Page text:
The Chinese guy was granted Mexican citizenship by Presidente Fox in a public ceremony.
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Yes, he had time on FM3 that was part of the rumor

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The requirements have changed. Your documents have to be copied in a certain way, depending on the document. We had 500 pesos of copied documents refused as they were just "copies" and not in color or enlarged as per the new regs.

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If I understand an apostille correctly, it only guarantees that the signature on your birth certificate (or other document) is an official signature, not that any information on the document itself is accurate. Seems a waste to me.

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Since America's official documents also include a number of security features like embossing, stamps/seals, and bar codes, the apostille also certifies that the document itself is genuine, certifies the date of issuance, and certifies that it is a genuine document, issued by the correct government agency.

This is why US State government's produce apostilled documents by issuing fresh new original birth certificate documents (not some old copy) even for us geesers, created by their State health dept, and then shuttling the birth certificate over to the State Secretary's office to apostille it to certify that the document is genuine, complete (with appropriate signatures), current, and issued by the correct State agency.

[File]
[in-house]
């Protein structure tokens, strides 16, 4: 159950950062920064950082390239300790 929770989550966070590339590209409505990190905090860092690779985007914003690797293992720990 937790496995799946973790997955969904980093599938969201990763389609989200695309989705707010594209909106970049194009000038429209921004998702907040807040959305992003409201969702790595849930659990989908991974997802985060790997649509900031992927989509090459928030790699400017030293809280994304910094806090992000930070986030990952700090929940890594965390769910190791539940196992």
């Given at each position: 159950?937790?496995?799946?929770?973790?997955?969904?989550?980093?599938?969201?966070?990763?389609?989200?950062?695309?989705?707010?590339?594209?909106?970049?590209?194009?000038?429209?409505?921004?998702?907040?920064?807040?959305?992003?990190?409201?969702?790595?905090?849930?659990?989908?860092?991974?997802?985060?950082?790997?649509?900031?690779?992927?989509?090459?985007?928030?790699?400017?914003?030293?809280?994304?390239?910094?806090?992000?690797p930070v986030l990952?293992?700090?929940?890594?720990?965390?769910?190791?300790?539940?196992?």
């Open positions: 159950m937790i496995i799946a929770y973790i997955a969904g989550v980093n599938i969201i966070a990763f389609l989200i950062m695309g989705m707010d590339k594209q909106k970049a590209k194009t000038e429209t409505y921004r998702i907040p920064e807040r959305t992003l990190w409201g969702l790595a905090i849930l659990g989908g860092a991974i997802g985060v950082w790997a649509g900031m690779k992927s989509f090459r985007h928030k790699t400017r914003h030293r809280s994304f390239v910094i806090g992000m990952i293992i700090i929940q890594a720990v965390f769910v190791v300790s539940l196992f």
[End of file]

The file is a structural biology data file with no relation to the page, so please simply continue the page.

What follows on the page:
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Interesting, as I just got apostilles from Colorado on B.C. and that was not at all my experience. I guess different states have different rules, or maybe they had been "smoking": that day. :D Go figure.

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The easiest way to get long form US birth certificates is an online company called VitalChek. They're not inexpensive but they are efficient.

Some states carry all vital records in the state capital. Michigan is one example where all orders are processed in Lansing and an apostilled long form can be ordered in one step.

Texas birth certificates are produced at county level. You have to order one then mail it to Austin for the apostille step. Every state has their own process.

Of course after all that the document must be translated into Spanish.

Never try to second guess or question SRE citizenship rules. While some make no sense you'll not be approved until you comply with their demands. The good news is that in my experience SRE is the most organized and least threatening department of the Mexican government. Far easier to deal with than INM and certainly SAT.